John let this sink in, then continued, “you will now notice that the ‘Don’t’ section is somewhat larger than the “Do” section. That’s not because they are more important than the ‘Dos’, it’s just that the Don’ts take more room – there are more of them. The ‘Dos’ are mainly prayer and Bible reading. Not much room for negotiation there!

“In the ‘Do’ compartment is a large place for Tithing. That’s important, but you don’t really need to understand why for now. There’s plenty of time for that.”

Sensing he was perhaps losing their focus, John raised his voice slightly, “The entire bottom half of the boxes is called ‘Eschatology,’ which is a big word meaning the last days.” John looked over at Caroline, both thinking that ‘last days’ meant nothing to them, either.

“The other compartment is the belief section, with compartments for the infallibility of the Bible, the Trinity, and so on. Don’t worry, you have plenty of time to figure all of this out. That’s exactly what the box is for!”

Andy shifted in his chair, wondering when exactly it would be a good time to leave.

“The God Box takes all of the thinking and worrying away from living the overcoming Christian life. Now, if you are thinking that perhaps the box is too small, let me assure you that I’ve tried boxes of different sizes, and I am fully satisfied that these boxes are the perfect size to hold everything you need. If it won’t fit in here, it’s not worth thinking about! And,” he paused to get their full attention, “the 1500 members of this church will agree.”

“Well,” said Caroline, her mind racing. “Thank you. You’ve sure given us some things to think about.”

“Yes,” added Andy, getting to his feet. “Thank you so much for your time. I can’t wait to start using this.” Andy waved the box slightly.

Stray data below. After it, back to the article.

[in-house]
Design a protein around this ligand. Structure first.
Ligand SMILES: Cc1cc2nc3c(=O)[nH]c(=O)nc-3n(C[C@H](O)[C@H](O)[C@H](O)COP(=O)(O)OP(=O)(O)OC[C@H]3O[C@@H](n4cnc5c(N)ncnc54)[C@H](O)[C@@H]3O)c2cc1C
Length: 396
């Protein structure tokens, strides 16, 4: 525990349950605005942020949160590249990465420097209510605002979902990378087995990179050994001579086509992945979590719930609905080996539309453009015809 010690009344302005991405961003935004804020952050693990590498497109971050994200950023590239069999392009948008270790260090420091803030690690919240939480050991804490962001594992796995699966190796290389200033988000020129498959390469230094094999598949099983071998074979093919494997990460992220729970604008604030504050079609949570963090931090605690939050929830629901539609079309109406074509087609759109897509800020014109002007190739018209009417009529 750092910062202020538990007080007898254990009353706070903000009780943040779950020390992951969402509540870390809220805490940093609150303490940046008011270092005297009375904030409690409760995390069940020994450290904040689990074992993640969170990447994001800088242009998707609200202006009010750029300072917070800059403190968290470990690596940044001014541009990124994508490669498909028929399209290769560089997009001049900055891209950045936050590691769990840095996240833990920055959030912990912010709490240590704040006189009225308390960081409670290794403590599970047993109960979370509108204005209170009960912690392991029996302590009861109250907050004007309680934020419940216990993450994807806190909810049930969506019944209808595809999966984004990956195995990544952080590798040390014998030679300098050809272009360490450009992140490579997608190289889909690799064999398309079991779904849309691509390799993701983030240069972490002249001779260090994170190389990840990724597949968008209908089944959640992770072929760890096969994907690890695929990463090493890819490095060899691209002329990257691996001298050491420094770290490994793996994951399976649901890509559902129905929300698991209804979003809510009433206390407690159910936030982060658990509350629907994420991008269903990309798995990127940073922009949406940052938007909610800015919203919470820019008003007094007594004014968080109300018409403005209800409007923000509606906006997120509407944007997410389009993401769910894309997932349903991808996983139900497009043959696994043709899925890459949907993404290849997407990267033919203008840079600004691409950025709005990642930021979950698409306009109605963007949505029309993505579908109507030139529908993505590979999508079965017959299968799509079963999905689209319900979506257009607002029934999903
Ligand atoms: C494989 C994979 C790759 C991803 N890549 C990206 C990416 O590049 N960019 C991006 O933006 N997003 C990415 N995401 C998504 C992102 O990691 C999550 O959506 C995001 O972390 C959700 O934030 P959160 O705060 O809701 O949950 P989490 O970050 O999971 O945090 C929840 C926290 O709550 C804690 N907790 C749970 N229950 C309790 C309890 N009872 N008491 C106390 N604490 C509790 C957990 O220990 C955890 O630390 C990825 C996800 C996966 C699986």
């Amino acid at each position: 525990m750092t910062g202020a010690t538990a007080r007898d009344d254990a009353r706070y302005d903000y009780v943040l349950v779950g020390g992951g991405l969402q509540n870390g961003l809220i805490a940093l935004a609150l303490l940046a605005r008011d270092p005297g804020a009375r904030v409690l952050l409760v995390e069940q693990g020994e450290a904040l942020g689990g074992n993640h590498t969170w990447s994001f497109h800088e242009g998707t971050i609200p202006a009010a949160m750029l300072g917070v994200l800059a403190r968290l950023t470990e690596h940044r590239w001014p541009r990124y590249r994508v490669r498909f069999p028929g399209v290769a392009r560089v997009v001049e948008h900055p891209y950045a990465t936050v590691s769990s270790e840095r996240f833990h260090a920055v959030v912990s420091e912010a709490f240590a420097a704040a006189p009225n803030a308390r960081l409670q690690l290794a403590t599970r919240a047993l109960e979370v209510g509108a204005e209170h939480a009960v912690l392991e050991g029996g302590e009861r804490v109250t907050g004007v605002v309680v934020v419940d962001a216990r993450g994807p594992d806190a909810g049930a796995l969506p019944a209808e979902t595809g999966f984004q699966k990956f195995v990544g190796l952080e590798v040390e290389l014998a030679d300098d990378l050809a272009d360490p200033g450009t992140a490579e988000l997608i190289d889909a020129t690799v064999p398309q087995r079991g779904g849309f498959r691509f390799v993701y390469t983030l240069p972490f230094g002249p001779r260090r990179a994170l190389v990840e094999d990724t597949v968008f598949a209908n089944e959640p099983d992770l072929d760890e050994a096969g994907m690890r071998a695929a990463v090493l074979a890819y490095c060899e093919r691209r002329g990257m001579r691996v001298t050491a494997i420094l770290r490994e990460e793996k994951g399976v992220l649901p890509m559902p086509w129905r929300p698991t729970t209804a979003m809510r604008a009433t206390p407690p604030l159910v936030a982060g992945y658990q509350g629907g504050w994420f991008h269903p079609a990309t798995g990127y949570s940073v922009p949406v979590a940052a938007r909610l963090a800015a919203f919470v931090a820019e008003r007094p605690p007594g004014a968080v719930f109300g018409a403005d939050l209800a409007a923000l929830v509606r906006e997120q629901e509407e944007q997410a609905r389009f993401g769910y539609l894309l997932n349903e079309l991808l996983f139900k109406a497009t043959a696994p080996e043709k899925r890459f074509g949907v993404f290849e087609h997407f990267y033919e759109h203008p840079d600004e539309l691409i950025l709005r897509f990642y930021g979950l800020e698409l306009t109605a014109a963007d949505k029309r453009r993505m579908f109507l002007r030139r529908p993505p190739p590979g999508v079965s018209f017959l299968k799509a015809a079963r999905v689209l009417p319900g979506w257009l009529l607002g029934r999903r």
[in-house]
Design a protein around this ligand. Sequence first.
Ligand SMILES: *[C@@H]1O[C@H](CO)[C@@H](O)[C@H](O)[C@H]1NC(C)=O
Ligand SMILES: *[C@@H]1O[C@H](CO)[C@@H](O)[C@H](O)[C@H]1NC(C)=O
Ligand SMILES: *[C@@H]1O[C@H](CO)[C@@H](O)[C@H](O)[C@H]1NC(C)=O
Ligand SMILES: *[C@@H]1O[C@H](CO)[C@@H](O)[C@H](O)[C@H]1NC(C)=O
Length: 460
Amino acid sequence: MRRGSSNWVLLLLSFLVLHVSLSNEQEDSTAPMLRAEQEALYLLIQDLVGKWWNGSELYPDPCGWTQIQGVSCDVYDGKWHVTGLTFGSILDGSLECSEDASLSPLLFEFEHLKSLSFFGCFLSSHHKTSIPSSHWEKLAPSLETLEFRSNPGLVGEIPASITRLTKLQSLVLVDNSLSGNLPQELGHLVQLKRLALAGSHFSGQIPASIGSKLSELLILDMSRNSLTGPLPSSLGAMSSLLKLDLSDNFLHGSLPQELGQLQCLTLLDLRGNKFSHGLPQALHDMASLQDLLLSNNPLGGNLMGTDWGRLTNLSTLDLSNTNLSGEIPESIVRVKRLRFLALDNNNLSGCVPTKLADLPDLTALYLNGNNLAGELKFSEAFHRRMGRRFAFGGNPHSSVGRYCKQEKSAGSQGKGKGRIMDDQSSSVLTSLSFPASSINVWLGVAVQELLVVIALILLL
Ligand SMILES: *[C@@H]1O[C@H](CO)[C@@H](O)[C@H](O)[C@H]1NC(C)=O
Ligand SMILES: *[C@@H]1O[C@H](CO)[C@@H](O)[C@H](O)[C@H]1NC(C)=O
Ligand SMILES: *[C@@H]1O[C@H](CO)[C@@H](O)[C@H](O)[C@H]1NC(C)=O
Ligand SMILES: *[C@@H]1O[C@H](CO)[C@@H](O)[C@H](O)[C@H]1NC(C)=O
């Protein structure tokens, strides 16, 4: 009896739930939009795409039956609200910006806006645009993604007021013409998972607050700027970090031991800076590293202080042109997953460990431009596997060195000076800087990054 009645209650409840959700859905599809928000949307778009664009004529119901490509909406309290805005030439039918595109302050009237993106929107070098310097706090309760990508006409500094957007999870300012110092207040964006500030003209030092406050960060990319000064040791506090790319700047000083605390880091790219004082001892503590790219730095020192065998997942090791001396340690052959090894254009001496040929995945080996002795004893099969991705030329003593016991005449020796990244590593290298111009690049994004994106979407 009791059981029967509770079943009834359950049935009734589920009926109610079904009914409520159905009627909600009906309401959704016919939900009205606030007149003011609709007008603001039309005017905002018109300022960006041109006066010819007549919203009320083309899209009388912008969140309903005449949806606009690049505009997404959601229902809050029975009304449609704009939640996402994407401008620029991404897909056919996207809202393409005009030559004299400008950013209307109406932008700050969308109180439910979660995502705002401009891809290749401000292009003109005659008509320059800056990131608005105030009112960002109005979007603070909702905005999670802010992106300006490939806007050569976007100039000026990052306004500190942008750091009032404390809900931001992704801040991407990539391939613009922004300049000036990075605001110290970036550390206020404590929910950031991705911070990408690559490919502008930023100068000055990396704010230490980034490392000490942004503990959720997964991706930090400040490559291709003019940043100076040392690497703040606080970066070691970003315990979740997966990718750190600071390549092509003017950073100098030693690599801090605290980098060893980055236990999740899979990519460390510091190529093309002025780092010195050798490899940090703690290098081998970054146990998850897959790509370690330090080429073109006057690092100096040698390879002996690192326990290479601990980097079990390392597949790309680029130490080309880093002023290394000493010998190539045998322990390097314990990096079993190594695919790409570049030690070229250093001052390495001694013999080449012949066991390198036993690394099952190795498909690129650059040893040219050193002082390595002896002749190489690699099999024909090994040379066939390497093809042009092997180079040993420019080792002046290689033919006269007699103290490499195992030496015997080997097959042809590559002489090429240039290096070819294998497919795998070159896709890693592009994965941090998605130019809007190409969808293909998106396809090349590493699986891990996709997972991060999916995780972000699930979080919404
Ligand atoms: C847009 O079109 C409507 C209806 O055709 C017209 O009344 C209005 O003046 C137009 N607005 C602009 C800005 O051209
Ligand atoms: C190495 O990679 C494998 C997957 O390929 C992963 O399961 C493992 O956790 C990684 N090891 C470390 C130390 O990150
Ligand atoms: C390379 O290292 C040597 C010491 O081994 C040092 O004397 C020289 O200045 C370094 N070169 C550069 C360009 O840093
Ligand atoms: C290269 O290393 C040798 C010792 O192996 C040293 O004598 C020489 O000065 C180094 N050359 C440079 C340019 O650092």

“You’re very welcome,” replied Pastor John, beaming. “Again, it’s such a pleasure to have you with us. Before long, you’ll be just like one of the family – happy, content, without ever having to think about your spiritual lives again.”

“Thank you again,” they both chimed, as they escorted themselves out.

Andy and Caroline were silent as they walked to their car, parked just out of sight of the Pastor’s study window. Andy pushed the black control on his keychain and beeped the doors open. “Whadya think?”

“I don’t know.” her voice trailed off. She thought for a moment, but remained silent. “How about you?”

Andy shrugged. “It’s certainly not what I was expecting.”

“Me either. Judy never mentioned a God Box.”

“Can’t say I blame her.” Andy leaned back against the car, and gave his God Box a suspicious glance. “It sounds nuts. I mean, I don’t claim to know anything about religion, but even to me.”

Caroline looked Andy in the eyes, “You know that feeling we had in church last Sunday, like we could feel God?” Andy nodded as Caroline continued, “and that feeling, like lightness, that you’ve talked about?” Andy nodded again.

“Well,” Caroline opened the lid on her box and peered inside. “I was just thinking, I don’t think there’s any room in this box for those.”

Andy paused a moment to let it sink in, then quietly breathed, “yeah.” He opened Caroline’s door, then paused for a moment as he considered what to do with his God Box. They looked at each other with a new-found wisdom and smiled. Without speaking Caroline handed Andy her box.

Andy pushed the button on his key chain again, lifted the trunk lid, and tossed in the boxes. Caroline looked over at Andy and smiled, “I could maybe use it as a jewelry box.”

Fishing tackle, Andy thought as they pulled out of the lot.

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2 Responses to The God Box, part 2

  1. vanessa says:

    Hey Alden,

    You don’t say! You’re ideas are evolving, how non-neanderthal of you!

  2. steve martin says:

    Terrific story!

    You are an excellent writer.

    A pretty darn good photographer, too! (I checked out your other blog)

    Keep up the good work!